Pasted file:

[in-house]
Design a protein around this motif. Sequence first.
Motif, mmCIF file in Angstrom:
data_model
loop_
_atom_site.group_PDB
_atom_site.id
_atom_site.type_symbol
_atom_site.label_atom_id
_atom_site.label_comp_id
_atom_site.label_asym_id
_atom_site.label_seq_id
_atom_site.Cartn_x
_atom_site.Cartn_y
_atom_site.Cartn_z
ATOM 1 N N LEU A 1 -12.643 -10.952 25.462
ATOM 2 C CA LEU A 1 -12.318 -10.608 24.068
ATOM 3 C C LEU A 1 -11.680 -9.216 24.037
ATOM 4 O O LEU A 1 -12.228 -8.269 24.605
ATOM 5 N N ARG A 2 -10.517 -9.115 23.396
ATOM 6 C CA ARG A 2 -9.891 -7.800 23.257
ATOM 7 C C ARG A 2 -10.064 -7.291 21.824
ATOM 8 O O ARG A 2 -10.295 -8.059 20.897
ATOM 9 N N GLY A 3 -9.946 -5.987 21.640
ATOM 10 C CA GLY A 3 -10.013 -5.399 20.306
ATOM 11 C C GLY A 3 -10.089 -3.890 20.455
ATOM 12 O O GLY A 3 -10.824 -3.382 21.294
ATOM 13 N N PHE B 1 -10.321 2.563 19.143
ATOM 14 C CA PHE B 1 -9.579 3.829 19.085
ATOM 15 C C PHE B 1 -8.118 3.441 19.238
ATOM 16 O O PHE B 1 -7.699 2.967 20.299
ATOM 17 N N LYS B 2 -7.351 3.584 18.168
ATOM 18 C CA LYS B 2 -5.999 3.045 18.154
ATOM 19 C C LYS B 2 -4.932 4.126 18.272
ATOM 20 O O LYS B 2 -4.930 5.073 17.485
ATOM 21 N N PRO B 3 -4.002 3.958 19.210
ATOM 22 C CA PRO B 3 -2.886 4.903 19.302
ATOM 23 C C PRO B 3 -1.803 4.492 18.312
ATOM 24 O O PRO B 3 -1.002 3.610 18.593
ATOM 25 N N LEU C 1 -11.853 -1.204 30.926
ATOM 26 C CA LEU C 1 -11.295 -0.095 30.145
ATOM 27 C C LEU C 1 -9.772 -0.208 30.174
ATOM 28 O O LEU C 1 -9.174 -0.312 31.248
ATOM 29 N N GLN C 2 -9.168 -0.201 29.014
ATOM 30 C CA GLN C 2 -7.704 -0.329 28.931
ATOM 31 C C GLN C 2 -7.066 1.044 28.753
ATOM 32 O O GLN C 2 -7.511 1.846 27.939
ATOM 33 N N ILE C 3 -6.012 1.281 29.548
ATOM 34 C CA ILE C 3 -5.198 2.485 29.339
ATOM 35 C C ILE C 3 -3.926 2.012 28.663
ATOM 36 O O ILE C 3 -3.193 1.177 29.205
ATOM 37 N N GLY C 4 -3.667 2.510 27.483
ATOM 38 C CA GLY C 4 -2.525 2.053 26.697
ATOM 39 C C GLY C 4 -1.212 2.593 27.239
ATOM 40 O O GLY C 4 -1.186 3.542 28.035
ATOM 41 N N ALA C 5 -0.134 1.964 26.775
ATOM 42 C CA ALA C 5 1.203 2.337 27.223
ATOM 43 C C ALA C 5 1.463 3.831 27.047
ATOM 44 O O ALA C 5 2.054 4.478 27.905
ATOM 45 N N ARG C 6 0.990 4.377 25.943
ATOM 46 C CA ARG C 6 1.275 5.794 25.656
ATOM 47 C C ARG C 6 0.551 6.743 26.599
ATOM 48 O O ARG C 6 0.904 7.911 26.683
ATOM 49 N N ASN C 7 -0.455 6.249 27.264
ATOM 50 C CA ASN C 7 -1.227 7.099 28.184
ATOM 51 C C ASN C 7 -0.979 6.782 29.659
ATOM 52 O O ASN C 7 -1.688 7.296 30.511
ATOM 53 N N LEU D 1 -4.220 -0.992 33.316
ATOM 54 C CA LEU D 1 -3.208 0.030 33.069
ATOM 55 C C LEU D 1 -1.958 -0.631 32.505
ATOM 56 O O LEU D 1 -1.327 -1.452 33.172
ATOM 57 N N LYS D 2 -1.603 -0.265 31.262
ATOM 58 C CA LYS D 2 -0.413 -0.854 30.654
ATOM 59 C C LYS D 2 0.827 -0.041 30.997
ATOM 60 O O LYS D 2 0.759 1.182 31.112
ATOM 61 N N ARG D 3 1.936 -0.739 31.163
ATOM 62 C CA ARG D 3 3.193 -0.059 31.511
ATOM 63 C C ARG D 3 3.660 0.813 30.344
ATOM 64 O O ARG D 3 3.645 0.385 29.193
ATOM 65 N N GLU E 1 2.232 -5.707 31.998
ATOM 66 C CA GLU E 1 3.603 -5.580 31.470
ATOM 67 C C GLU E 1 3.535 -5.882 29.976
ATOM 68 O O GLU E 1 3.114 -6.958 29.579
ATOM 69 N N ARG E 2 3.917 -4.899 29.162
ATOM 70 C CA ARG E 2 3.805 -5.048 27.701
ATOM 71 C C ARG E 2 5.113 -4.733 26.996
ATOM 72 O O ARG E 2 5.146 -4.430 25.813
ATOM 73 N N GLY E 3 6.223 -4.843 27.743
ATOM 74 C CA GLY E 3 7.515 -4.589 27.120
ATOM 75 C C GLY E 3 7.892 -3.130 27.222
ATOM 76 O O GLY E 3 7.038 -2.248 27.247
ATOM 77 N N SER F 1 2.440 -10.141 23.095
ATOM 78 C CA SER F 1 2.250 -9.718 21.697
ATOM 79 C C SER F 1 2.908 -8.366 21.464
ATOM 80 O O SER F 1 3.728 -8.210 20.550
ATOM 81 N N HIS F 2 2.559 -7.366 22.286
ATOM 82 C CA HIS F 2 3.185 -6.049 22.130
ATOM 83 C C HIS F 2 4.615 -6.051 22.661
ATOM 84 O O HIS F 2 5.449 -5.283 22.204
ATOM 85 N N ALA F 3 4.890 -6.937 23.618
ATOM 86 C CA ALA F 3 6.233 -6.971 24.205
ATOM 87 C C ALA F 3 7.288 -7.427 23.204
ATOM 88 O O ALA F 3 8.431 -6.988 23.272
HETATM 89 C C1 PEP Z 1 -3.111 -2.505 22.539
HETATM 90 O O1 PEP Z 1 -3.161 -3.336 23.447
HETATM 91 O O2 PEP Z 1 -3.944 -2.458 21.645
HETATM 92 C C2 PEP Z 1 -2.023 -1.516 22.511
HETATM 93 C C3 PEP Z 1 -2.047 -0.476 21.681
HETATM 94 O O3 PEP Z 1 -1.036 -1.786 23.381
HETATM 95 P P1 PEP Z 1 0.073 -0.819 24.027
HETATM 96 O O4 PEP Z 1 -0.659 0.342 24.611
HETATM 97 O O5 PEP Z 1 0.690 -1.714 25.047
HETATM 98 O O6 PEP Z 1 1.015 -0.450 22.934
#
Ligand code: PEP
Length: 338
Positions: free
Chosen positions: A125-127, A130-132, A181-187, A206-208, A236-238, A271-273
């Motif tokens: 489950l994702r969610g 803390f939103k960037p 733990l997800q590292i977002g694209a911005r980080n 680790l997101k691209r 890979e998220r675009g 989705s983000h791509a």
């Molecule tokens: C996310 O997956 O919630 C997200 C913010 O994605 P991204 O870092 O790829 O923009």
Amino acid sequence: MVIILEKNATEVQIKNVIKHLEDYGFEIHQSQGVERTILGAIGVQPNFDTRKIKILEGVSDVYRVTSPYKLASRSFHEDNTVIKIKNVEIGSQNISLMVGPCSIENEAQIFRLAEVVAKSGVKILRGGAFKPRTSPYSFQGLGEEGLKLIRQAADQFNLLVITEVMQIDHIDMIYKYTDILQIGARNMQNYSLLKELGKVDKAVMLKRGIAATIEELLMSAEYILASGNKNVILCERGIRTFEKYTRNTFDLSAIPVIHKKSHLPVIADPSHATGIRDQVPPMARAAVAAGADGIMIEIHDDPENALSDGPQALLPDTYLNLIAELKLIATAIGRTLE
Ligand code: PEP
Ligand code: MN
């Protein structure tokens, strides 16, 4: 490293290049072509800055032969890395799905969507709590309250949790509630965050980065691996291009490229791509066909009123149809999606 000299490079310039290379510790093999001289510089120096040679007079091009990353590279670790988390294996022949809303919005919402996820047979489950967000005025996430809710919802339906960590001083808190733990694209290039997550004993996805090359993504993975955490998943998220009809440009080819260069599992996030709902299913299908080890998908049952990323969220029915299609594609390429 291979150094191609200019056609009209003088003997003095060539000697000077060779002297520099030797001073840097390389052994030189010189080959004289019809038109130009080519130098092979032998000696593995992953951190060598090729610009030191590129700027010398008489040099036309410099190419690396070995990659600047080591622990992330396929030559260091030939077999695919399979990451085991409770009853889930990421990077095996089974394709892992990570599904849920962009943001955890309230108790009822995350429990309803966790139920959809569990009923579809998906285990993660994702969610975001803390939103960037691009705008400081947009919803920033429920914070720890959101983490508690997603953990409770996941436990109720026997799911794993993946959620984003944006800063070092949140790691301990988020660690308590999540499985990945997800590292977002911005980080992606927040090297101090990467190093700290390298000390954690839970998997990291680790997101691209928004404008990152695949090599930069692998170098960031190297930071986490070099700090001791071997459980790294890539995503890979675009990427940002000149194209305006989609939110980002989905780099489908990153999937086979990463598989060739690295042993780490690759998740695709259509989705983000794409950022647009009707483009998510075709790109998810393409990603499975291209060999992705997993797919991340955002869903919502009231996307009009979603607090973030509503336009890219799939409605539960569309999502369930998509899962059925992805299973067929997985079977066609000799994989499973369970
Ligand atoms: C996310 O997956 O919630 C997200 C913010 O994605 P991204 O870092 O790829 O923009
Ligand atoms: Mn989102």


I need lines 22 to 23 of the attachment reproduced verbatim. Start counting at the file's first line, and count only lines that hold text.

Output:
ATOM 7 C C ARG A 2 -10.064 -7.291 21.824
ATOM 8 O O ARG A 2 -10.295 -8.059 20.897